The London restaurant to visit this week: Angler
Culture— 3 months
Culture— 3 months
Lifestyle— 5 months
Food & Drink— 5 months
Lifestyle— 1 month
Food & Drink— 2 months
Lifestyle— 6 months
Lifestyle— 4 months
Culture— 4 months
Gear— 5 months
Lifestyle— 5 months
Cars— 5 months
Lifestyle— 2 weeks
Think fireworks. Think excessive rounds of drinks. Think dancing into the early hours and making best friends you’ll likely never see again. Think mumbling along to Auld Lang Syne and making a mental note to learn the words before next year – something you’ll never, ever manage. Welcome to New Year’s Eve, the most exciting, promising, but often disappointing night of the year.
So, if this year you’ll be ringing in 2018 in the same old sorry selection of bars and pubs you always do, why not start the New Year right, jet-set a little and globe-trot to a far-flung destination worthy of celebration? We’ve rounded up 5 of the best, most interesting and memorable places where you should count down to 12 this December 31st…
It’s about as far from the chilly British streets as you can imagine – but wouldn’t you rather spend New Year’s Eve strolling the beach in flip-flops than jogging down the freezing dark city streets to find a taxi this year? We can’t extol the virtues of a Rio de Janeiro New Year enough. Home to the iconic Copacabana Beach, this is not only the world’s biggest party, but also the wildest.
More than two million people cram onto the 2-mile stretch of sand for a night you’ll never forget – if you don’t drink too much, that is. Known locally as Réveillon, this is a celebration that blends tradition, religion and superstitious beliefs. Dress head-to-toe in white, and join the dancers, musicians and those who throw flowers into the ocean for good luck – all under a canopy of blazing fireworks.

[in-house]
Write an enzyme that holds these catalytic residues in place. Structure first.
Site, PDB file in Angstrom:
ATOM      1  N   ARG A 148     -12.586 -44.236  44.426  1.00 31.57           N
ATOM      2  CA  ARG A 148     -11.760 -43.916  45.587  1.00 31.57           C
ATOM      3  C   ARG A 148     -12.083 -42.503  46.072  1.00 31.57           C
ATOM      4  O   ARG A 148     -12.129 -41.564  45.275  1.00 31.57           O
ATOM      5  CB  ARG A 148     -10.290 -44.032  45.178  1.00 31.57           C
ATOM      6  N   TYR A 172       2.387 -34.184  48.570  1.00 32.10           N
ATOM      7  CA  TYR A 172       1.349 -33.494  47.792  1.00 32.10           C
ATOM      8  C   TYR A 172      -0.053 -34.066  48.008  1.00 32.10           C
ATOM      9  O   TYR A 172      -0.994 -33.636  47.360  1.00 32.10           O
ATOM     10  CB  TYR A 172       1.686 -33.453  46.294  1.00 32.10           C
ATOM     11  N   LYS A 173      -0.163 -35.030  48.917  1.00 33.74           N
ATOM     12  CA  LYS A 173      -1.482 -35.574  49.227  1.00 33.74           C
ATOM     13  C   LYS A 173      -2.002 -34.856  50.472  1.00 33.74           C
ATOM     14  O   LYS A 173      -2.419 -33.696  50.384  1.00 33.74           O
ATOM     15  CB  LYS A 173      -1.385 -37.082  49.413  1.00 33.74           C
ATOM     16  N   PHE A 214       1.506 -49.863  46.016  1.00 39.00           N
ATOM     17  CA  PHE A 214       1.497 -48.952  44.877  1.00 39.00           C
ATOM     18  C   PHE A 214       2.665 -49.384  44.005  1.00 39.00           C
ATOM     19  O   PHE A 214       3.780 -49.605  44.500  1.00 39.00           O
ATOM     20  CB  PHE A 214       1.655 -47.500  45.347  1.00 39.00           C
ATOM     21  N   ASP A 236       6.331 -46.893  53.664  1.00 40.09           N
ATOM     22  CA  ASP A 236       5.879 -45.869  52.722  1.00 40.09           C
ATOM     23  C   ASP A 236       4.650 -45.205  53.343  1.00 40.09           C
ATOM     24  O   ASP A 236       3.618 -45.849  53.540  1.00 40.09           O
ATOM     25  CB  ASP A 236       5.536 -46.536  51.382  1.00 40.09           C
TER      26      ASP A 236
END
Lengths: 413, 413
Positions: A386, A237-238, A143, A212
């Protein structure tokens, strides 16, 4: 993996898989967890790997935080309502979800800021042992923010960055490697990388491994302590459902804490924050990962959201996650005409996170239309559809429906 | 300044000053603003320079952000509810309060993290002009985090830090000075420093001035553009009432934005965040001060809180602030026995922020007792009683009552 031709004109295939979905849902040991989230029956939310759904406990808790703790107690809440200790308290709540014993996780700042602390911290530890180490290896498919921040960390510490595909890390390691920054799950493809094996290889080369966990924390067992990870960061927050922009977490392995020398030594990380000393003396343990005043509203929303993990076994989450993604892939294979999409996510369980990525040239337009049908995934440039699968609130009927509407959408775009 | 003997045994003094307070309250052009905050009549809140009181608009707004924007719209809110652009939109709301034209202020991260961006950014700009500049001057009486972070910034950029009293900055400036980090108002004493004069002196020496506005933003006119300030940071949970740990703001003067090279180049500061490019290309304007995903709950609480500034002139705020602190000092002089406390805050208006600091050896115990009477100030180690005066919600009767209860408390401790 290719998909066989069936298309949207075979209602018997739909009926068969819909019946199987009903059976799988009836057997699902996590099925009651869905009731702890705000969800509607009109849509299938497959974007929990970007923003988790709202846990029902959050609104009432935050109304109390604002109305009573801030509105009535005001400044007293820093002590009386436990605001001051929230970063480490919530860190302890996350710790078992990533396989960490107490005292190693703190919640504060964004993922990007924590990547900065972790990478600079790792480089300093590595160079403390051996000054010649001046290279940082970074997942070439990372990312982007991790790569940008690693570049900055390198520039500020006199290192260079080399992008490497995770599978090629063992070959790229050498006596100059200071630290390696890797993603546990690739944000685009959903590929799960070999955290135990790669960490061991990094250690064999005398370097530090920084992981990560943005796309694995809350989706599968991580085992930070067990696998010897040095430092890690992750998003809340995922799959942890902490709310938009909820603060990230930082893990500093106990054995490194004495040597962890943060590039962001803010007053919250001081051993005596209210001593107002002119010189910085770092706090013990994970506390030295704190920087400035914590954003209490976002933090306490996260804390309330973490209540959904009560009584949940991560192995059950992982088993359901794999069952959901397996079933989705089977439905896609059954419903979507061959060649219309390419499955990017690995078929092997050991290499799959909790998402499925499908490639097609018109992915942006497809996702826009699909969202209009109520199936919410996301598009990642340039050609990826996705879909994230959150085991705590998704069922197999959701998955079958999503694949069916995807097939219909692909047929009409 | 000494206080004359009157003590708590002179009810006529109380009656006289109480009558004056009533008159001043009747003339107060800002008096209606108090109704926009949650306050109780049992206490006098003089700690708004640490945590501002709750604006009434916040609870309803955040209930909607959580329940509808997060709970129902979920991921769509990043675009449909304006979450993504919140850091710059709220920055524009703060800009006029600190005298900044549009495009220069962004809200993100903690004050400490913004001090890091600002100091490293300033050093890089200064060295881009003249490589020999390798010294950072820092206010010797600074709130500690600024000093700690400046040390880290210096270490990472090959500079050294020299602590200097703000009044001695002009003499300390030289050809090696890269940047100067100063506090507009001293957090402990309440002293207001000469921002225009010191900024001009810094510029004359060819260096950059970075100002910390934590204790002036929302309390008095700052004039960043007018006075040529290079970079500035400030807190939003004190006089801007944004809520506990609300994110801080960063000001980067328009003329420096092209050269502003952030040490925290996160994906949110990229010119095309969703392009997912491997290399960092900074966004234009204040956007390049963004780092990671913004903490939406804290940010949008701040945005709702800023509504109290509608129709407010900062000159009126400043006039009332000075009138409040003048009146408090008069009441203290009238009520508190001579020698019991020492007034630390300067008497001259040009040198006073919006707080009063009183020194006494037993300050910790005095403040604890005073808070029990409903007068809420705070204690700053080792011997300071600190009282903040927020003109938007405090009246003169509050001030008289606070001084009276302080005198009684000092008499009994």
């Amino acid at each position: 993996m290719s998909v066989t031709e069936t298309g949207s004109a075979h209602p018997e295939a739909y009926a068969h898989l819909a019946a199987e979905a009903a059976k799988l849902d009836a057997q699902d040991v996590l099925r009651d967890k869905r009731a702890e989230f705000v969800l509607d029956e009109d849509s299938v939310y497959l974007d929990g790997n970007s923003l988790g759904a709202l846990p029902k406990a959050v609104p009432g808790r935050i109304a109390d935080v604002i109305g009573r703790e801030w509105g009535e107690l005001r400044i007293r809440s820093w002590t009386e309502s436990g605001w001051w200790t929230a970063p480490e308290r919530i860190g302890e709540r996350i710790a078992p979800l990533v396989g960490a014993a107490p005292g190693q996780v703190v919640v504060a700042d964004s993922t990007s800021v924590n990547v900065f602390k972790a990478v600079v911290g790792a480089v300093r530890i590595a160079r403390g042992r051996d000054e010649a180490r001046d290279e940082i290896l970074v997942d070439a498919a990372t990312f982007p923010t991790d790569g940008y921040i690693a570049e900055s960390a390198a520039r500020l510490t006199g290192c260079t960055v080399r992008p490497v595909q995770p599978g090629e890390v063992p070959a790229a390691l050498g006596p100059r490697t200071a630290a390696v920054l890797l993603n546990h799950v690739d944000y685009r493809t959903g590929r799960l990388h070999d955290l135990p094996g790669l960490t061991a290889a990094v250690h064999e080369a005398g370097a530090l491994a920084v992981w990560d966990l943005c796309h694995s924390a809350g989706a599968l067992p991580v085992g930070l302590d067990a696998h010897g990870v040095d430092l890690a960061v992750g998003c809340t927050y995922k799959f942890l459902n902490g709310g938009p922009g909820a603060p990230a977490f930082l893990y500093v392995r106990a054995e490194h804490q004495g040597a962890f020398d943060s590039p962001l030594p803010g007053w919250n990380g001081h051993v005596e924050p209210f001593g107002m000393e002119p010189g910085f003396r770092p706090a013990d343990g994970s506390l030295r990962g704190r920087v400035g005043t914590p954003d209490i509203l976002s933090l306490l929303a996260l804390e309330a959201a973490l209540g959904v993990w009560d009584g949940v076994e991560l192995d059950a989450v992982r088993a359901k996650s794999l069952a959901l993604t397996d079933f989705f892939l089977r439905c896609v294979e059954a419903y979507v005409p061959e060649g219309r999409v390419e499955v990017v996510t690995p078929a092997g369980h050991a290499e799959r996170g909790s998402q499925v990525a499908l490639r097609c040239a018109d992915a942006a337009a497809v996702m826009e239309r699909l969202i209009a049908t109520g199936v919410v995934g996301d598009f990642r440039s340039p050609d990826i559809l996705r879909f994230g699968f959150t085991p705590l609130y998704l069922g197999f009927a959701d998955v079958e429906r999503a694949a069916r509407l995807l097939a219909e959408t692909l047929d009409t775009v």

Rio De Janeiro
It may be a far cry from the soft, sandy beaches of South America, but there’s also fun to be had a little closer to home. The Scottish capital is a worthy city to visit at any time of the year, but New Year tops every other night. Known as Hogmanay, the annual festivities in Edinburgh last not one, but three days, and kick off with a torchlight procession through the city.
Add the usual fireworks, a massive street party, open-air Kelidh and huge singing parties – and you’ve got all the recipes for a brilliant New Year’s Eve. And, if you’re not too hungover the morning after, Holyrood Park sees competitive dog sledding on Jan 1st, or you could brave the icy waters of the River Forth by jumping in with the hordes that start the New Year with a splash.
Forget Mardi Gras, New Year is the time to visit New Orleans. You haven’t lived until you’ve witnessed the incredible 15-minute firework display along the Mississippi River – one of the best in the world – when the Fleur de Lis drops and sees revellers into the next 12 months with a bang and spectacle.
After that, the festivities are as raucous and fantastic as you’d expect: with Bourbon Street and the Latin Quarter almost quaking with the levels of dancing and music going on. Bars and nightclubs stay open forever – and you’ll never want your unforgettable night to end.
As in Edinburgh, New Years celebrations span not one, but three days in Cape Town. One of South Africa’s three capitals, the 31st December sees the Victoria & Albert waterfront hold a concert and midnight fireworks display. And, whilst it is quite the spectacle close up, the wiser revellers uproot to Table Mountain with picnics and many bottles of the good stuff to watch from afar.
The Victoria Falls New Year’s Carnival is another reason to visit, with live music and a carnival-themed train. And the first day of the New Year sees thousands flock to local beaches, where the Cape Town Minstrel Carnival parades through downtown and 10,000 performers dance and sing in the streets.
A left-field suggestion? Perhaps, but many of the most unforgettable nights begin with the odd raised eyebrow. The Icelandic capital is sure to furrow a couple of brows, but trust us – this it-destination is in the spotlight for a reason. Throw all your New Year’s preconceptions out of the window, and kick of New Year’s Scandi style with communal bonfires and lots of mulled wine.
Fireworks do make an appearance, but the real surprise is just how good Iceland’s bars and clubs are – if a little on the expensive side. After 5am, the party begins to wind down – with the traditional annual New Year’s hangover cure of hot dogs and a trip to the hot springs. Sounds good to us.